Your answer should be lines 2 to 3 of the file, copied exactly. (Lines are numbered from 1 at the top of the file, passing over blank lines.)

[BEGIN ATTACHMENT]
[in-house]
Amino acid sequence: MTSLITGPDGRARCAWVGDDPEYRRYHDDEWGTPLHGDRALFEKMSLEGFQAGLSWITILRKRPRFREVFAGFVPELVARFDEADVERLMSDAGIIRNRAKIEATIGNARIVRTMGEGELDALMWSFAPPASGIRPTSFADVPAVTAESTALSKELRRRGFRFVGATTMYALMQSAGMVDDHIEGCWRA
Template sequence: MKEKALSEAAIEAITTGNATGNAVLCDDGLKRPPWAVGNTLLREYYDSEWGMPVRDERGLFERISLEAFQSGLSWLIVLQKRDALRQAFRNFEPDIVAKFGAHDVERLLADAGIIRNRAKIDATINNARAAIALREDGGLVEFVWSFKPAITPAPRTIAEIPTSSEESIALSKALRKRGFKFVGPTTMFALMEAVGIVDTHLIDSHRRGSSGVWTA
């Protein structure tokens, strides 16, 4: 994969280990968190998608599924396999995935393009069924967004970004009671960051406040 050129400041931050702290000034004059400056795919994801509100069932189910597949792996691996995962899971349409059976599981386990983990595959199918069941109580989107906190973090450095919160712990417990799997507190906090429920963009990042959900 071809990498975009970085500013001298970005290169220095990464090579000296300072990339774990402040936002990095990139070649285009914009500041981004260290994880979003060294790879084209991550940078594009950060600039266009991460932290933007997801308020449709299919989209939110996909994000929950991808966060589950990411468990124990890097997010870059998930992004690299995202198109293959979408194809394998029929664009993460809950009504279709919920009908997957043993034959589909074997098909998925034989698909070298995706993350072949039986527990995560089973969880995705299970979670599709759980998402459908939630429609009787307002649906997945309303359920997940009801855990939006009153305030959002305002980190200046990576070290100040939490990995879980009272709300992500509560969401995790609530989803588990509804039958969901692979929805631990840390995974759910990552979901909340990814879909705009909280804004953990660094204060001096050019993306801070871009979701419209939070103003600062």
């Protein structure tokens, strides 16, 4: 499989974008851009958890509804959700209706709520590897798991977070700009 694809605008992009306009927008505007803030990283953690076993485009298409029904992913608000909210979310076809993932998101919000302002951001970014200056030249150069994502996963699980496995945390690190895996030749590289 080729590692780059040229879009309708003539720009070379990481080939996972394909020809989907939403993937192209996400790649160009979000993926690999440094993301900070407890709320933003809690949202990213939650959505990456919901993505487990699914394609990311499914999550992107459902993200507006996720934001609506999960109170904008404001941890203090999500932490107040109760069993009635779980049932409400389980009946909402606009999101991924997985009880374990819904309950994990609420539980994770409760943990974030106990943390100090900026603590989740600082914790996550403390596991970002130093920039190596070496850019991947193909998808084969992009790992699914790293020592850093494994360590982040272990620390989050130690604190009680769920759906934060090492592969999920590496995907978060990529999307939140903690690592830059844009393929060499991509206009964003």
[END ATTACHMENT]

Amino acid sequence: MTSLITGPDGRARCAWVGDDPEYRRYHDDEWGTPLHGDRALFEKMSLEGFQAGLSWITILRKRPRFREVFAGFVPELVARFDEADVERLMSDAGIIRNRAKIEATIGNARIVRTMGEGELDALMWSFAPPASGIRPTSFADVPAVTAESTALSKELRRRGFRFVGATTMYALMQSAGMVDDHIEGCWRA
Template sequence: MKEKALSEAAIEAITTGNATGNAVLCDDGLKRPPWAVGNTLLREYYDSEWGMPVRDERGLFERISLEAFQSGLSWLIVLQKRDALRQAFRNFEPDIVAKFGAHDVERLLADAGIIRNRAKIDATINNARAAIALREDGGLVEFVWSFKPAITPAPRTIAEIPTSSEESIALSKALRKRGFKFVGPTTMFALMEAVGIVDTHLIDSHRRGSSGVWTA